Young football playing centre back Obed Muundjua was proudly, or rather comfortably, peddling on the nickname of internationally acclaimed South African football legend Lucas ‘Masterpieces’ Moripe. However, many might be wondering why a defender is compared to the former Pretoria Callies ball juggler and dribbling wizard.
Well, the ‘Namibian Moripe’, was a rare breed possessing all the required attributes and skills of a complete footballer. Bro ‘Moripe’ was very intelligent, versatile, comfortable on the ball, great skill and amazing close ball control, brilliant first touch, cool under pressure, and could read the game fairly well. He was indeed a complete package.
The football-playing skillful now-retired Hungry Lions cool as a cucumber defender originally hails from the vastly populated Omaheke region, and although he honed his football skills at Okakarara Secondary School, the gap-tooth boy only rose to prominence when he made his debut for unfashionable Katutura youthful outfit Hungry Lions Football Club in 1975.
The young, afro-haired defender was among a strong group of energetic young footies recruited from the higher learning institution to beef up the fragile Lions’ lineup alongside fellow students in the following sequence: beanpole striker Himeekua ‘Sigu’ Ngeendepi, bulky forward Nehemiah Kunouee ‘Bomber’ Heuva, bow-legged pocket-size winger Fritz Ndjavera, gangling defender Rakuha ‘Groovy’ Kaahangoro, and the boy with the delicious left foot Andrew Uaetongue Korupanda, aka ‘The Black Panther’.
Their arrival at the ambitious maroon and white strip outfit coincided with the club’s upsurge in the highly competitive Central Football Association League, Tier 2. The lower-tier league was comprised of some of the finest talent in the business, with teams such as Black Africa, African Stars, Acrow Chiefs, Tigers, Eastern Jumpers, Groovy Lions, Orlando Pirates, Firestone, Ramblers Katutura (Ramkat), and Soweto Chiefs all well represented.
‘Moripe’ formed the spine of the Lions, serving as a rear guard alongside the equally cool as a cucumber centre back Barminas Veraa Katuuo, veteran fullbacks Japhta Kauziremumue ‘Shakes’ Kandenge, John Uazapi ‘Long Tom Kamure’ Kaahangoro, and stylish versatile fullback cum-winger Abisai Tjauue ‘Shabby’ Rukero. Such was Moripe’s’ influence in the fast-emerging Lions’ rear guard that he was handsomely rewarded with the sacred captain’s armband.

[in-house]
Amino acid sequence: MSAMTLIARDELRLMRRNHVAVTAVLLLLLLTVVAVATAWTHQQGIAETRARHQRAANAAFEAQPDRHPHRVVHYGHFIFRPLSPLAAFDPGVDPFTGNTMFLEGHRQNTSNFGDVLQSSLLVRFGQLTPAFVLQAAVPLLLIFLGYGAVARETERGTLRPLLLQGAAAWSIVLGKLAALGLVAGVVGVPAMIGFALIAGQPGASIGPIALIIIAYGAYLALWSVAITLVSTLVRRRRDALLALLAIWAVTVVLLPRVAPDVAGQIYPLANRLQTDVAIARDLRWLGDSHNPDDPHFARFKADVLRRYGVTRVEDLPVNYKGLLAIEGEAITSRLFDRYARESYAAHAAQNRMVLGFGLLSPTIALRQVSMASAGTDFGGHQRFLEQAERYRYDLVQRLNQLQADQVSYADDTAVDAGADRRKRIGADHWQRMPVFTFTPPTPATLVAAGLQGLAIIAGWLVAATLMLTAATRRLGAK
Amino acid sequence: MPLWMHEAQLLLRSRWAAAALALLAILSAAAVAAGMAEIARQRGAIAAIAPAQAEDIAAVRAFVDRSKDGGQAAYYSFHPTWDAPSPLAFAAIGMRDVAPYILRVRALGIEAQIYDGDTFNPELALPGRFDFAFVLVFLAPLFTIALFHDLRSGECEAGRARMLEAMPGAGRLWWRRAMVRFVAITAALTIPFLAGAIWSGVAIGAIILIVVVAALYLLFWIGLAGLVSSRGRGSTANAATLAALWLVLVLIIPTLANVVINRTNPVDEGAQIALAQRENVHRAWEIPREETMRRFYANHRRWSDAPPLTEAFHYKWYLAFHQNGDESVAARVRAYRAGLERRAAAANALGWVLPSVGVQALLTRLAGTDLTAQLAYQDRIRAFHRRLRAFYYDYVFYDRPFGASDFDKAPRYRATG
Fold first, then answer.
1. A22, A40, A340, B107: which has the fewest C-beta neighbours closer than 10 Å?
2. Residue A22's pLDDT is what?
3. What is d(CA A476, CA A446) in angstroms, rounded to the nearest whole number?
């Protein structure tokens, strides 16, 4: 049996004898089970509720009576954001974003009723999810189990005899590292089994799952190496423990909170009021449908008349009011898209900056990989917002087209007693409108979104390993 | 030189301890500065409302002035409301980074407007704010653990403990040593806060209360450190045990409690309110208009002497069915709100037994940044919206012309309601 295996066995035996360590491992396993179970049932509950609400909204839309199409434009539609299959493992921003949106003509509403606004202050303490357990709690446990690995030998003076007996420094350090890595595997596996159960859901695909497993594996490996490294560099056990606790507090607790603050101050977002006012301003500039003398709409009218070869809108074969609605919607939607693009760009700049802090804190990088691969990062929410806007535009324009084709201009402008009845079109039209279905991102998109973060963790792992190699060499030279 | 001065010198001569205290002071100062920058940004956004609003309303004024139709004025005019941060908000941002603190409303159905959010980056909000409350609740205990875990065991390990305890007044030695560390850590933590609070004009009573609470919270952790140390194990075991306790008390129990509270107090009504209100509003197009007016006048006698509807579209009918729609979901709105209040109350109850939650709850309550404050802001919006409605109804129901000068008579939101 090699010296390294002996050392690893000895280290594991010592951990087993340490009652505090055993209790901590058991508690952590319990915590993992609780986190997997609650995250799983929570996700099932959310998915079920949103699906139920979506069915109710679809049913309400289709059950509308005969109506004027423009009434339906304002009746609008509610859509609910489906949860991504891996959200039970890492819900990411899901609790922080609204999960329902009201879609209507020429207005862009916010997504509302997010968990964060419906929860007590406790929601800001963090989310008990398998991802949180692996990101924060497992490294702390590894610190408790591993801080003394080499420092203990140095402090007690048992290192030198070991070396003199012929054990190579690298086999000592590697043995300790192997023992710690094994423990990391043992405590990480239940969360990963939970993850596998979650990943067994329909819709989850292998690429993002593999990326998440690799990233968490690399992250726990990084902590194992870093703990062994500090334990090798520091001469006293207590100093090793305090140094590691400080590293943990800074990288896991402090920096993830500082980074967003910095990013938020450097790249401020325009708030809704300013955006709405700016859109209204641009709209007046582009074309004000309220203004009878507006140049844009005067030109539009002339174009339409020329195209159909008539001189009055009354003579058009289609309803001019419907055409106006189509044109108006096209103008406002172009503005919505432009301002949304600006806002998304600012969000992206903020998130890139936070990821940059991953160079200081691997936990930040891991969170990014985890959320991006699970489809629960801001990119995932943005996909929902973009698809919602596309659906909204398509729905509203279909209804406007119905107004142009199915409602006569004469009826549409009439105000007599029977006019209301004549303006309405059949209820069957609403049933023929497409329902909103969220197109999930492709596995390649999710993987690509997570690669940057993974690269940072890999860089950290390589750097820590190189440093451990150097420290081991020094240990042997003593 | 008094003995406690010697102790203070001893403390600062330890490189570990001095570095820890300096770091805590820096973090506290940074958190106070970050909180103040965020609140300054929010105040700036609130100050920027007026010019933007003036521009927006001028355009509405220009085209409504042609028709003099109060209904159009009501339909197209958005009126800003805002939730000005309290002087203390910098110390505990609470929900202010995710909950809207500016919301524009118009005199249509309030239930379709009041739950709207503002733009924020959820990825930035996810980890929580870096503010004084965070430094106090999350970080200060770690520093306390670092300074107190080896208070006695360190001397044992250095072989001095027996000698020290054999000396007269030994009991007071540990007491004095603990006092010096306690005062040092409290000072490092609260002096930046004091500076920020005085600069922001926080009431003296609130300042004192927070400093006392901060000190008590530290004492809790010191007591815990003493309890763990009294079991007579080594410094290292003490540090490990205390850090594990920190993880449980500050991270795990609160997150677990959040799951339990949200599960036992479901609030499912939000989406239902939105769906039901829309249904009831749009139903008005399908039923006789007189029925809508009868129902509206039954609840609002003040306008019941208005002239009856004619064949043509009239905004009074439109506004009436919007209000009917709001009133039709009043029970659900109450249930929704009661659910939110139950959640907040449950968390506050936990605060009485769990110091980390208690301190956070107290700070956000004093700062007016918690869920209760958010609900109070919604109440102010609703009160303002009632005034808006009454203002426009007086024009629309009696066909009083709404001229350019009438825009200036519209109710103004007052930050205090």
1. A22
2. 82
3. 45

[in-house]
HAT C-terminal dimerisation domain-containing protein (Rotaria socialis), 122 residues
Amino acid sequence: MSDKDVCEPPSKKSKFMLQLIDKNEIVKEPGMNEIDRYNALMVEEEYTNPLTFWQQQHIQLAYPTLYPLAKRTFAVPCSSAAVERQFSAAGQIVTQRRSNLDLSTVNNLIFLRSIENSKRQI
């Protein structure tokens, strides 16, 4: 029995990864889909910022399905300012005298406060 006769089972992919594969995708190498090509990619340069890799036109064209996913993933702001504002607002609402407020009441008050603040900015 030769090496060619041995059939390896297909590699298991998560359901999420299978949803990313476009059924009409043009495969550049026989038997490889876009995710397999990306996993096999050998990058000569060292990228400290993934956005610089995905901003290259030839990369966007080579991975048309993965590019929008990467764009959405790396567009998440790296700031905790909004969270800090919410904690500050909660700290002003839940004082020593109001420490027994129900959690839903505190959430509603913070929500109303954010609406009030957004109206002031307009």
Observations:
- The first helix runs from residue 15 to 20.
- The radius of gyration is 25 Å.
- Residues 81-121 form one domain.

The likeable soft-spoken defender shepherded the Brave Lions of Judah to triumphs in several high-profile knockout cup tournaments. He was without a shadow of a doubt the mainstay behind the Lions’ many forays, cleverly launching attacks from the back with his trademark defence, splitting passes from tight angles.
Like many young boys his age at the time, the afro-haired Moripe was very ambitious and eager to take his life and education to the next level, something that was clearly unattainable in apartheid South West Africa (SWA) as a result of racial segregation and oppression. Subsequently, he silently skipped his motherland after darkness had set, escaping to neighbouring Botswana as a political refugee in 1980, only to resurface in Francistown.
The calculated defender teamed up with fellow Namibians Harry Mutambo Tjipueja and former Hungry Lions teammate Issy Ndaka Murangi, turning out for leading local outfit Tafic Football Club before leaving Mochudi, a small village, to join local giants Mochudi Centre Chiefs Football Club.
The next stop was Gaborone, where he was to be reunited with fellow Namibian refugees in the colours of the gold and navy strip of Township Rollers Football Club. ‘Moripe’ immediately established himself as a vital cog in the heart of the Rollers defence and was one of the club’s most valuable assets.
A bird of passage, it was time for the football-playing Namibian refugee to find shelter elsewhere as he trekked up north-east to Kenya. Moripe joined leading Nairobi outfit Impala FC and later played for another local giant, the Leopards, alongside homeboy and former Hungry Lions Football Club teammate Issy Ndaka Murangi.
He successfully played his club football in Kenya between 1983 and 1989 before retreating to his motherland at the dawn of Namibia’s independence in 1990. “To be brutally honest, in terms of talent, quality, and technically, we are up there, but we somehow found ourselves wanting in the tactical aspect of the game simply because of poor, or rather, no existing, development programmes at youth level.
“Nonetheless, it was indeed an eye-opener for us those teams in Botswana and Kenya were by a decent stretch much better organised than Namibian clubs. We had good coaches who took us through the ropes, teaching us the basics of the game—something we have never been exposed to back home,” recalls Moripe.
Regrettably, a long-standing, niggling knee injury curtailed his progress as it relapsed, obliging him to call it quits while still at the pinnacle of his flourishing football career. Nevertheless, Moripe will go down in history as one of the most underrated but yet most talented centre backs of his generation.
Admittedly, the author had the privilege of playing alongside Moripe, sharing the dressing room with the centre back at the Brave Lions of Judah, and is therefore well placed to proudly nod in agreement that the afro-haired boy was indeed a rare gem and highly gifted.